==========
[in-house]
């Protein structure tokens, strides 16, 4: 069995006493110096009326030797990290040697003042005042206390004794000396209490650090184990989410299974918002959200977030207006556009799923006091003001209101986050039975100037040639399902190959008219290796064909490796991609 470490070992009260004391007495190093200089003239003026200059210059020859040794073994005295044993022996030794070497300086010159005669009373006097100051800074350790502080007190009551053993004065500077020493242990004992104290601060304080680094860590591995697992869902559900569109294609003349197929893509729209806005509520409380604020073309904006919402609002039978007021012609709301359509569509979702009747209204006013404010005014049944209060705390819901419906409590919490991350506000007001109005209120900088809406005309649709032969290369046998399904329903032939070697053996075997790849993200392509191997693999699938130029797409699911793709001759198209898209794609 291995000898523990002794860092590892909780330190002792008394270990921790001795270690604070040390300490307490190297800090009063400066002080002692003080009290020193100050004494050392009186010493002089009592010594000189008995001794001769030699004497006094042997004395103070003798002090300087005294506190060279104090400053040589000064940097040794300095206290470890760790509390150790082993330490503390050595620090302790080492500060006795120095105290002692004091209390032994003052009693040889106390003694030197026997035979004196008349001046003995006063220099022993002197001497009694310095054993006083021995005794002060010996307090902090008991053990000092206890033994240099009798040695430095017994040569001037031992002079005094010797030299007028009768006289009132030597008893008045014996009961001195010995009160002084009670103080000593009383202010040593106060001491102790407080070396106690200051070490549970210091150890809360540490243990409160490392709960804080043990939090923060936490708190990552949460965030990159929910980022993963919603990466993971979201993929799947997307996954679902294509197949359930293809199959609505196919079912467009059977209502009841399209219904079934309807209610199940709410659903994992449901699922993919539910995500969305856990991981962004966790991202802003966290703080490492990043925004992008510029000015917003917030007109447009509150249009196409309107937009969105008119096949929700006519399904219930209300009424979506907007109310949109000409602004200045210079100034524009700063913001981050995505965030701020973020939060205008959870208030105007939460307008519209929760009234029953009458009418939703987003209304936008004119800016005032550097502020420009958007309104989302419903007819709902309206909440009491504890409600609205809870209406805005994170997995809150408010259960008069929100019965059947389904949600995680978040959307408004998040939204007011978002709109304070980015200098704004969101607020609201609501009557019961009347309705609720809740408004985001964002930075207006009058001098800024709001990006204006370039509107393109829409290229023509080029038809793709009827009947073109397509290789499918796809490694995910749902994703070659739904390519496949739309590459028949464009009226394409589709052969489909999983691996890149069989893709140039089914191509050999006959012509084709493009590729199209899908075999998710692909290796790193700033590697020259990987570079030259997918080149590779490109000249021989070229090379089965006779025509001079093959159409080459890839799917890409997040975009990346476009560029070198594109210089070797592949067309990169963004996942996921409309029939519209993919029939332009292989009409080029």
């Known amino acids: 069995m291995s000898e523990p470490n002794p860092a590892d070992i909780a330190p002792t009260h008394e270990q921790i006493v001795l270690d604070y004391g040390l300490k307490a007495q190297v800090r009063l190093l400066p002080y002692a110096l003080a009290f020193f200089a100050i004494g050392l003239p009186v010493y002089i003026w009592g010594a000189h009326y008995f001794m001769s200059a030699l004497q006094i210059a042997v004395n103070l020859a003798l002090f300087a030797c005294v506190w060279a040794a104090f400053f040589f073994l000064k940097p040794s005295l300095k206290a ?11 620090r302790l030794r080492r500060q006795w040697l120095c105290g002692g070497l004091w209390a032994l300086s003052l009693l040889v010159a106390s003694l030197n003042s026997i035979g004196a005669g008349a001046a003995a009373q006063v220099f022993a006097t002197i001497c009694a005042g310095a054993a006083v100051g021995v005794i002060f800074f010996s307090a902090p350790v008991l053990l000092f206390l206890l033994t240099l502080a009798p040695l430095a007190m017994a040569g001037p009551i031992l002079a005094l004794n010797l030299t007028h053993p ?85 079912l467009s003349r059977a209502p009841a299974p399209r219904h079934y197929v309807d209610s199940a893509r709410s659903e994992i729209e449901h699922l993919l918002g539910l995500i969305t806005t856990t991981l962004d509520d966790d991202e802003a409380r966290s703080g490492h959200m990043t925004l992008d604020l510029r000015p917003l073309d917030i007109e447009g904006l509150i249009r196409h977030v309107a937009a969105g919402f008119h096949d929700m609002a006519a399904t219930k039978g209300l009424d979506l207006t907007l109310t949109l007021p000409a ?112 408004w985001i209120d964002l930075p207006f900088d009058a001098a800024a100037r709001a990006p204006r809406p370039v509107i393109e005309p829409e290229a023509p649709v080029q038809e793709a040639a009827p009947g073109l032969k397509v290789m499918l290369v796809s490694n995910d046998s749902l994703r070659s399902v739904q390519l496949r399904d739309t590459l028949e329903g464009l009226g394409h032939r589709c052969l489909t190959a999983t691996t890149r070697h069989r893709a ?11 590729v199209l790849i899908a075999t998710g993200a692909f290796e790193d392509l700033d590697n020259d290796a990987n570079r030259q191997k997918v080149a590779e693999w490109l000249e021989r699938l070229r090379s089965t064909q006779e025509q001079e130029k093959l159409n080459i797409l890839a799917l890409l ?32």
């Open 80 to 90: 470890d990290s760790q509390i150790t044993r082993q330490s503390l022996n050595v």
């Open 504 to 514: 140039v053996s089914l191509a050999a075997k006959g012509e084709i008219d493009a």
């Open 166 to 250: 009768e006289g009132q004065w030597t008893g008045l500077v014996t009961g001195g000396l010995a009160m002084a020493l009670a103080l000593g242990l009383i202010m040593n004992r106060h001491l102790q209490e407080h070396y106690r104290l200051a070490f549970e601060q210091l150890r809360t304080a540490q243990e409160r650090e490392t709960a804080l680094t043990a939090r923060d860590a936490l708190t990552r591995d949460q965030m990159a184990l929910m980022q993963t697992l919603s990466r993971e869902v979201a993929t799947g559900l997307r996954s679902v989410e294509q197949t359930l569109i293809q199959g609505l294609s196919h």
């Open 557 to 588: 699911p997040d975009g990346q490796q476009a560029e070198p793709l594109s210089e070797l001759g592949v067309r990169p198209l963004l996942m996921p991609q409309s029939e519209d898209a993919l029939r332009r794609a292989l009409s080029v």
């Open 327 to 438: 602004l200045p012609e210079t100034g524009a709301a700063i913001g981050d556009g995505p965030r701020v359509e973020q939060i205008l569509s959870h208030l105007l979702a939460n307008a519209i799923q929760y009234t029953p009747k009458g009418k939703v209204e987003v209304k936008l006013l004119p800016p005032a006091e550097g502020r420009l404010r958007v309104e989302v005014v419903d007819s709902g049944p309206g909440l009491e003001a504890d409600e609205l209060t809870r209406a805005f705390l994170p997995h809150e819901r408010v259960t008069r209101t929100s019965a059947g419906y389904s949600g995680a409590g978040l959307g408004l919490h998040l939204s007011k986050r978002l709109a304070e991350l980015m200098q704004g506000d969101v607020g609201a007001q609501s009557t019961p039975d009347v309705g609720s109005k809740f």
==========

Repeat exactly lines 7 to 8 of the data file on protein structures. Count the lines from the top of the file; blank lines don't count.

């Open 557 to 588: 699911p997040d975009g990346q490796q476009a560029e070198p793709l594109s210089e070797l001759g592949v067309r990169p198209l963004l996942m996921p991609q409309s029939e519209d898209a993919l029939r332009r794609a292989l009409s080029v």
């Open 327 to 438: 602004l200045p012609e210079t100034g524009a709301a700063i913001g981050d556009g995505p965030r701020v359509e973020q939060i205008l569509s959870h208030l105007l979702a939460n307008a519209i799923q929760y009234t029953p009747k009458g009418k939703v209204e987003v209304k936008l006013l004119p800016p005032a006091e550097g502020r420009l404010r958007v309104e989302v005014v419903d007819s709902g049944p309206g909440l009491e003001a504890d409600e609205l209060t809870r209406a805005f705390l994170p997995h809150e819901r408010v259960t008069r209101t929100s019965a059947g419906y389904s949600g995680a409590g978040l959307g408004l919490h998040l939204s007011k986050r978002l709109a304070e991350l980015m200098q704004g506000d969101v607020g609201a007001q609501s009557t019961p039975d009347v309705g609720s109005k809740f």